1. Overview

Microcontrollers (MCUs) are full-fledged computers targeted for “embedded” applications. Unlike desktops or smartphones which distribute functions over several chips, microcontrollers typically are self-contained, meaning that the computing engine, memory, and interfaces reside on a single chip (Figure 1). Consequently they are small (down to the size of a peppercorn), inexpensive, and dissipate little power. They include a flexible interface to attach a wide variety of peripherals such sensors, LEDs, motor controllers etc. Many are available with on-chip wireless communication interfaces.

Intel 8742 153056995
Figure 1. Microphotograph of a microcontroller: millions of transistors on a Silicon chip

Table 1 shows the specifications of typical microcontrollers used for IoT applications. The specifications of a Raspberry Pi, a low-end desktop computer, are included for comparison. Program execution speed is roughly proportional to clock rate: higher is faster, but also means more power dissipation. Random access memory (RAM) is volatile, i.e. looses contents when power is removed. It is used to store variables and datastructures. The Raspberry Pi’s RAM is much larger but off-chip, increasing size and cost. Flash memory is non-volatile and therefore a good choice for storing programs, measurement results, and other permanent data. Off-chip flash like that of the ESP32 is often larger than on-chip memory, but again adds to size and cost, and, more importantly, often suffers from slower access speed, compromising program execution.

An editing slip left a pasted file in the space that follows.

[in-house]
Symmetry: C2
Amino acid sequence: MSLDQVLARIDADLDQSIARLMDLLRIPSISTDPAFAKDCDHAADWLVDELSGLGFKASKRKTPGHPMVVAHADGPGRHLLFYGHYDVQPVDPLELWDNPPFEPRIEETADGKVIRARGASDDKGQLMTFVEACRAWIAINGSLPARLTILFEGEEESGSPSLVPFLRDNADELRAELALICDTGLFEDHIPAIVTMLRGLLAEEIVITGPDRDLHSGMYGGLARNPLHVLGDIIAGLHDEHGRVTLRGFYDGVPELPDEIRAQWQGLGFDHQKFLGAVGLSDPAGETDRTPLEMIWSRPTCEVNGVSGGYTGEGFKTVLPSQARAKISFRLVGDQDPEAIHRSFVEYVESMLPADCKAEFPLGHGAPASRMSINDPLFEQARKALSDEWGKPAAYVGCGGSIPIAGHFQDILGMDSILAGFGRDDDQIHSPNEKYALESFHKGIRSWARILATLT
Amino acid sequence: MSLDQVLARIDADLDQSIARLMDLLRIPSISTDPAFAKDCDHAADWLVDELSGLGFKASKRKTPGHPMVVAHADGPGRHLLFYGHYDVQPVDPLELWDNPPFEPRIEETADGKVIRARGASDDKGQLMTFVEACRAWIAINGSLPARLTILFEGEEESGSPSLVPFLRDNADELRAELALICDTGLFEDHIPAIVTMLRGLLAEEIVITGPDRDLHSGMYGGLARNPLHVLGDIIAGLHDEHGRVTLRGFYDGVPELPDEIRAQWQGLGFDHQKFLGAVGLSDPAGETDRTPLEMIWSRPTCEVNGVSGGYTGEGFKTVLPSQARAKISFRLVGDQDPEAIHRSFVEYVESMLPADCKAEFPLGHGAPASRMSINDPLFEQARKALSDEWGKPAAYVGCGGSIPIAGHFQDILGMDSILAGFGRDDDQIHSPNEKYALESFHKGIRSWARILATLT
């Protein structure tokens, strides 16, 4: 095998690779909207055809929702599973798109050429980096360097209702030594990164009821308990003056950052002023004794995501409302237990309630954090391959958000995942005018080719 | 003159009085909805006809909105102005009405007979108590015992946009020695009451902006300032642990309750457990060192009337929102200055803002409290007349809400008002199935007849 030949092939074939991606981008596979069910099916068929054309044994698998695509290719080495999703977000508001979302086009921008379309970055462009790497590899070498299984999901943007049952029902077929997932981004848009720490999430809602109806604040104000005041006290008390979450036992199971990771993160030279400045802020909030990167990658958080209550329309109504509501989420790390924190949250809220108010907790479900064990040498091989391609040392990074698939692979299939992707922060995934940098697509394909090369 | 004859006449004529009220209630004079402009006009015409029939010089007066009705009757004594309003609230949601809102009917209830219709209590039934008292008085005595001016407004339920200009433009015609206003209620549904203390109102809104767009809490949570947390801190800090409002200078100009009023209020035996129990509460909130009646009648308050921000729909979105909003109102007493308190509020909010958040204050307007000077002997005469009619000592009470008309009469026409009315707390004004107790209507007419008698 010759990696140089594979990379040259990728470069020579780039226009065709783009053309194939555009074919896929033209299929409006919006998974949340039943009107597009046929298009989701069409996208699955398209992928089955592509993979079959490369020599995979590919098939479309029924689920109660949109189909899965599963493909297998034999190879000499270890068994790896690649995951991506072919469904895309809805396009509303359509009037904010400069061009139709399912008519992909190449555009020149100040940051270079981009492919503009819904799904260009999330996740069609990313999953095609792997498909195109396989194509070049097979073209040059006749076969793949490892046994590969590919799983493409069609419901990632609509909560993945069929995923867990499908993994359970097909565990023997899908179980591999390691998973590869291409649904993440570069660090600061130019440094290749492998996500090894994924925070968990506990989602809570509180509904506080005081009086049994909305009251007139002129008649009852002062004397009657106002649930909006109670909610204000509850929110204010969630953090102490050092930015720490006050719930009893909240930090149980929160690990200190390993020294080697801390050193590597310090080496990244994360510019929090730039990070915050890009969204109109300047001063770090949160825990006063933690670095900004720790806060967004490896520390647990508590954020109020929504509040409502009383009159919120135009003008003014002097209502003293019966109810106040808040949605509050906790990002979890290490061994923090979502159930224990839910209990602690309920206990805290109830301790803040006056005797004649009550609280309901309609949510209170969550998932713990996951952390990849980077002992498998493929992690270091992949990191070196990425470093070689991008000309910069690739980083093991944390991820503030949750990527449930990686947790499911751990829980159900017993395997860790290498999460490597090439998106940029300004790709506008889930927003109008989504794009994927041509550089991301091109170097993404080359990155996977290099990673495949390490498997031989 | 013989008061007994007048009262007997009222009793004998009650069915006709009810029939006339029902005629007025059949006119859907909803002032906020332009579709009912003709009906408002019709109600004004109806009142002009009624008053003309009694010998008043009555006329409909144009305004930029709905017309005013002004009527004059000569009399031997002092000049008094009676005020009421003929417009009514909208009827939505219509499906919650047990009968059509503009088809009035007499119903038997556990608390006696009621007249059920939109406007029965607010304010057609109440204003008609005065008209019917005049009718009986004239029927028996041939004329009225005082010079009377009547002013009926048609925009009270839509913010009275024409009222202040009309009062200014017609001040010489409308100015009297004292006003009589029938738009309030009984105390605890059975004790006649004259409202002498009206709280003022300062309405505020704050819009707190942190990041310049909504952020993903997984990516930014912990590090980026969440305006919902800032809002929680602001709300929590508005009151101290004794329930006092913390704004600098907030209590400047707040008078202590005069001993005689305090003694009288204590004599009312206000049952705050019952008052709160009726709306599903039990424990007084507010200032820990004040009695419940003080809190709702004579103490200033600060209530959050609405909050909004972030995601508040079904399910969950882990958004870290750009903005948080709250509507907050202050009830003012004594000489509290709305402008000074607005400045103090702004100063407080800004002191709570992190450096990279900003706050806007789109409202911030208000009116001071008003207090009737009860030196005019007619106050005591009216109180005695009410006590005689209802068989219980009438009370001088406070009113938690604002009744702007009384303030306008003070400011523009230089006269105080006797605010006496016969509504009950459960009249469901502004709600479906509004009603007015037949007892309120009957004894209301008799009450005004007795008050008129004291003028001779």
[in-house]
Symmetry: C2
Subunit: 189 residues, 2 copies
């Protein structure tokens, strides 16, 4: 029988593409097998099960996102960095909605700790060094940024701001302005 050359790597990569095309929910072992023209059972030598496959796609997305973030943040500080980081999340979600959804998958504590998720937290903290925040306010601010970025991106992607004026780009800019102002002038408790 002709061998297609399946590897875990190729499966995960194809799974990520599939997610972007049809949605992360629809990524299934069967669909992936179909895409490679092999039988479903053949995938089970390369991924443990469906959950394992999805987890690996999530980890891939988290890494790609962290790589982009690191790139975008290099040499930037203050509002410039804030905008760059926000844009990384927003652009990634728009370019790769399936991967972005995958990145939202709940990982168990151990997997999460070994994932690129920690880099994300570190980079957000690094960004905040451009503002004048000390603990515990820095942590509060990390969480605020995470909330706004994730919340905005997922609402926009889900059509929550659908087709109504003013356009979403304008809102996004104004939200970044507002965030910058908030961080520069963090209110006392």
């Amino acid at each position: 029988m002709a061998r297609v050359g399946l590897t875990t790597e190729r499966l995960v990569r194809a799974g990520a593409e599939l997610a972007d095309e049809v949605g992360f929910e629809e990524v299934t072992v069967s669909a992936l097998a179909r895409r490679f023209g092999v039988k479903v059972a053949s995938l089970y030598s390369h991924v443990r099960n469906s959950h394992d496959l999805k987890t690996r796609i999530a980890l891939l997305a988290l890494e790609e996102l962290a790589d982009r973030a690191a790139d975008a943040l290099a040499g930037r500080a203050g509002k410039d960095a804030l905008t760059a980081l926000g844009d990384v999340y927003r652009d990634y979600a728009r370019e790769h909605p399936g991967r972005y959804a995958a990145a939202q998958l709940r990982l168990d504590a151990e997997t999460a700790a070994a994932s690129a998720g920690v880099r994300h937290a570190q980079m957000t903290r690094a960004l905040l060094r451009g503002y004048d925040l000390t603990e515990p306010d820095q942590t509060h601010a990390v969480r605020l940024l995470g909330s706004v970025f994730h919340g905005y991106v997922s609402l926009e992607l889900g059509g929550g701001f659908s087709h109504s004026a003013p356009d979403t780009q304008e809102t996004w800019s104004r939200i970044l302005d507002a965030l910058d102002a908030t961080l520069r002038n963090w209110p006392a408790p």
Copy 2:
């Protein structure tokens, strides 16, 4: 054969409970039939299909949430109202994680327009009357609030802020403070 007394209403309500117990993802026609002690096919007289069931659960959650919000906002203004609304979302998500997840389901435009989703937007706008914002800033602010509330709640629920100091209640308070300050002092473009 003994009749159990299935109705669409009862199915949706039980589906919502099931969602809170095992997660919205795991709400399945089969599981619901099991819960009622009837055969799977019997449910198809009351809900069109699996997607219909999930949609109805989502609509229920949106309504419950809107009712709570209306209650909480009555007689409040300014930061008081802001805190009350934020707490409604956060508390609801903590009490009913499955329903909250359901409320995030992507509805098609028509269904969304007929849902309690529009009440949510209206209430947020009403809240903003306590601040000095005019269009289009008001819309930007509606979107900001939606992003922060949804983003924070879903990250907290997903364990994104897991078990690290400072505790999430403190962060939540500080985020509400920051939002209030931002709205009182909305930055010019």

Many IoT microcontrollers feature on-chip radios for standards such as WiFi and Bluetooth. The Raspberry Pi relies on off-chip circuits to provide this functionality.

Table 1. Microcontroller specifications. Parentheses indicate features on separate chips attached to the controller.
Specification ESP32 nRF52832 Raspberry Pi 3B

Clock rate

240 MHz

64 MHz

1.2 GHz


520 kB

64 kB

(1 GB)



512 kB



Wifi, Bluetooth


(Wifi, Bluetooth)